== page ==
A traditional or “stand-up” goalie style is going extinct. Goalies of the 70’s, 80’s, and 90’s played the position primarily standing up and would only drop to their knees in the event the play was near the net. Advancements in gear technology and efficiencies in the butterfly style of play make this a very rare style in today’s age.
The hybrid style of goaltending has evolved in its definition over the past decade. Past and present NHL goalies including Evgeni Nabokov and Jonathan Quick are the definition of this playing style. “Hybrid” style is just that; a combination of butterfly and stand up styles, primarily played as a reactionary style to the shot. Goalies can master this style and be more unpredictable to shooters, however often in playing this position, goalies can find themselves out of position more frequently by having to react to the shot.
Like any position in hockey, the approach to a given situation in the game is not always standard. Situations such as a Penalty Kill, Breakaway, or odd-man rush can factor into different approaches a goalie will take to a situation. Even so, in a matter of a split second, a goalie must always be monitoring the current play and both his/hers and opposing players to determine the best positioning and angle for the play. Additionally, goalies playing roller, ball/foot, or another type of hockey often will find different techniques more successful than they would playing ice hockey. Lastly, this may not apply to all ages/groups of goalies. Young players don’t often have the skill or power to shoot or pass the puck like older players do, so a goalie’s positioning will reflect this.
A defensive depth is generally used when the goalie identifies a potential cross-ice pass, play near the net, or when his/her team is shorthanded. Playing “deeper” in the net (closer to the net) requires the goalie to cover less distance when moving side to side, thus being quicker and more able to protect the net against a cross-ice pass or play down low.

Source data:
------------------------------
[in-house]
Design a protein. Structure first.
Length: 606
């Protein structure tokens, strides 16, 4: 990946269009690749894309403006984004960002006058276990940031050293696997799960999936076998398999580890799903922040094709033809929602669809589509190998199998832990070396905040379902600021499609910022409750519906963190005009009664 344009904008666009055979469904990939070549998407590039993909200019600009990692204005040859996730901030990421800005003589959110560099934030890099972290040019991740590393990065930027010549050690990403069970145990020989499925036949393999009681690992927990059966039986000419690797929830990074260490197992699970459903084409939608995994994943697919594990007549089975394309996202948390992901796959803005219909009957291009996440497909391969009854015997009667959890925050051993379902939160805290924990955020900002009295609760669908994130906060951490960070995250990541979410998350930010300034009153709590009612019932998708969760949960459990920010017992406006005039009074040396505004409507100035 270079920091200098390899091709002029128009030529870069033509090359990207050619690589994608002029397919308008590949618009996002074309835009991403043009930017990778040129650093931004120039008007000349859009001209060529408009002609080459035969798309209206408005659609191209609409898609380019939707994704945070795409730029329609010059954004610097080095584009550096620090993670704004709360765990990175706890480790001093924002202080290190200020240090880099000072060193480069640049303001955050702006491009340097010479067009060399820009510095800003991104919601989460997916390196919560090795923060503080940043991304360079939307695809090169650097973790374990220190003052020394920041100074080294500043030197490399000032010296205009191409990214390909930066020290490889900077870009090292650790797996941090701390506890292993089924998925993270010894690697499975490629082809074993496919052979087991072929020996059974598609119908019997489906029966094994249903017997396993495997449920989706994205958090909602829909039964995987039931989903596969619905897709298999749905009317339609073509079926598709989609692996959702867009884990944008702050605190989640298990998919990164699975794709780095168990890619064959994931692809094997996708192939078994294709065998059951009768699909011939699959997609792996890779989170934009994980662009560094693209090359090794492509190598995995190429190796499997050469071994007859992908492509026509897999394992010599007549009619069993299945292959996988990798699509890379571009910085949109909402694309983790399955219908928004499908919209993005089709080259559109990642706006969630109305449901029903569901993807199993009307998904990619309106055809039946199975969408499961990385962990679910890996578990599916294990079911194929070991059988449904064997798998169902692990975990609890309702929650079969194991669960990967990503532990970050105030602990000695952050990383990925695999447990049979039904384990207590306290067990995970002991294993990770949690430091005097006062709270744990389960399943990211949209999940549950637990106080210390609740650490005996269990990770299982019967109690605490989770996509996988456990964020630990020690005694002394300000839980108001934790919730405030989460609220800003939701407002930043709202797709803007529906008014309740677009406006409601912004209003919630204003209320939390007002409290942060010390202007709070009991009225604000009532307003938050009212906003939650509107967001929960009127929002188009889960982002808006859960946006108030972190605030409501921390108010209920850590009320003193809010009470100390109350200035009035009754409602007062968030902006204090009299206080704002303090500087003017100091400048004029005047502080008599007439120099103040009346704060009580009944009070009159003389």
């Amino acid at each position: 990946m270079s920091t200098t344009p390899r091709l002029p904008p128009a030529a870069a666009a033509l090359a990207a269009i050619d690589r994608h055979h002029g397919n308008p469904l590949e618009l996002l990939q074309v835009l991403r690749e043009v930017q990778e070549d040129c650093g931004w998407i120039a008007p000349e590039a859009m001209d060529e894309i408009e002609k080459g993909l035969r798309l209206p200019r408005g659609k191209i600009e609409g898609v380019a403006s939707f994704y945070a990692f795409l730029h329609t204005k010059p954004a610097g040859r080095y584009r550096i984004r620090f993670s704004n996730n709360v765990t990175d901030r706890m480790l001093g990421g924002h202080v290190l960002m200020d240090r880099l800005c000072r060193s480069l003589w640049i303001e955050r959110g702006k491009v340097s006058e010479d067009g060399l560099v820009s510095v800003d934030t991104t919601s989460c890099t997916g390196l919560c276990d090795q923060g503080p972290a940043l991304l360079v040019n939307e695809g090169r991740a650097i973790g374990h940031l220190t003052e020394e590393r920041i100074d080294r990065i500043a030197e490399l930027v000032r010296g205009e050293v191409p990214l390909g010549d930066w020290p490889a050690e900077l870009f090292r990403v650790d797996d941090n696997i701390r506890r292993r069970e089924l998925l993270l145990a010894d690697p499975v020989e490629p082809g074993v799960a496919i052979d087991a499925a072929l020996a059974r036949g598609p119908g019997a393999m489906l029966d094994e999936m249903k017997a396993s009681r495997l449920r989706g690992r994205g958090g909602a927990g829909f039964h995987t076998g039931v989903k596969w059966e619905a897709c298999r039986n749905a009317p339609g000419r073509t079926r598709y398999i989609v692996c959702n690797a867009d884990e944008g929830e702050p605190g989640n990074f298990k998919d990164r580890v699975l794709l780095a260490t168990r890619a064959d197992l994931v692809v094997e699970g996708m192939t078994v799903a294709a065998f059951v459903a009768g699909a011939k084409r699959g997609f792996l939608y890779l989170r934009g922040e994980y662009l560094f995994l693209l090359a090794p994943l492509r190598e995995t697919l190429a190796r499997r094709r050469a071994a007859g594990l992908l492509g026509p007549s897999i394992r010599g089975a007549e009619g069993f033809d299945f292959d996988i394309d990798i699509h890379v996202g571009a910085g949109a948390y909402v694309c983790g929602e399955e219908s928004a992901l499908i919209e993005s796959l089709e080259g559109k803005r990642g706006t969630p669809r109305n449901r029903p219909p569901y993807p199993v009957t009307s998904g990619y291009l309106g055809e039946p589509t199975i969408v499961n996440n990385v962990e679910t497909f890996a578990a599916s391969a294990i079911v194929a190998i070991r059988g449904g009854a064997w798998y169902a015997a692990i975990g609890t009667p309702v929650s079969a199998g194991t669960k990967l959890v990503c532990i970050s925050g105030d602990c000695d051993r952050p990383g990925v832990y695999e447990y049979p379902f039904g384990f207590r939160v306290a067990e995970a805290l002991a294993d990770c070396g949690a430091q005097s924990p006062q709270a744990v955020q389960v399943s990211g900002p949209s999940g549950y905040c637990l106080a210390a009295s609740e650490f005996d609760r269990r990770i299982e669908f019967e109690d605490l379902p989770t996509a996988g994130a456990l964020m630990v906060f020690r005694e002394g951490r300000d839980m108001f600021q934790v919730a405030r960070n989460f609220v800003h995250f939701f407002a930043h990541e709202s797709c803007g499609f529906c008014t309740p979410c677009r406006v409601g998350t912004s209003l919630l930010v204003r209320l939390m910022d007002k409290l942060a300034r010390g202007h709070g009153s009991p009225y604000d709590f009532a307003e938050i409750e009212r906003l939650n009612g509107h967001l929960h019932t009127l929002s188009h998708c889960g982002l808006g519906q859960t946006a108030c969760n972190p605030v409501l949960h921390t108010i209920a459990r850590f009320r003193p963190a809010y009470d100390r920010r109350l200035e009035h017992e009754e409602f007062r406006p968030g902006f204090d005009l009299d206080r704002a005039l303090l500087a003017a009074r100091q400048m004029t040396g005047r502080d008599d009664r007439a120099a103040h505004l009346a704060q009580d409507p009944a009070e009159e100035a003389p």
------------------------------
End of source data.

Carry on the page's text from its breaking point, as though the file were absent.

The base or standard depth a goalie will play is when neither the goalie or the shooter have the advantage. This could be during a typical even-man zone situation or an even-man rush.
An aggressive depth is used typically when the goalie has the advantage over the player and is looking to maximize net coverage and presence. This could be when the goalie identifies a shot from far out or a situation where the opposing player has few options to pass to another player. By playing aggressively and moving further out of the net, the opposing player has less net to shoot at and the goalie has a better ability to cover more of the net.
What equipment does a hockey goalie need?
A goalie’s equipment setup is designed to protect from head to toe, while allowing for full movement to make saves. This includes Goalie Skates, Leg Pads, Protective pants (breezers), chest and arm protector, blocker, glove, goalie mask, and stick. Besides these items, a variety of accessories are generally worn including, undergarments, neck protector, and groin protector. For a full list and more detailed explanation of a goalie’s equipment, check out our full guide here.
What is the most common hockey goalie playing style?
A hybrid/butterfly style has become the most prominent playing style in hockey today. This style allows for maximum net coverage and an ability to easily move to other areas of the net to make follow-up and rebound saves, depending on the situation.
Is goalie the hardest position to play in hockey?
Goalie is a difficult position, it requires learning to skate and make movements with more gear than skaters, however for many, it comes easier. Often young players will try goalie and become hooked, growing into the position with a background in skating out.
Do you have to be a good skater to play goalie in ice hockey?
It is very helpful for a goalie to be strong on their skates, although they generally don’t have the same speed and agility that skaters do. Being strong on their skates with a good understanding of using both edges is key to the position.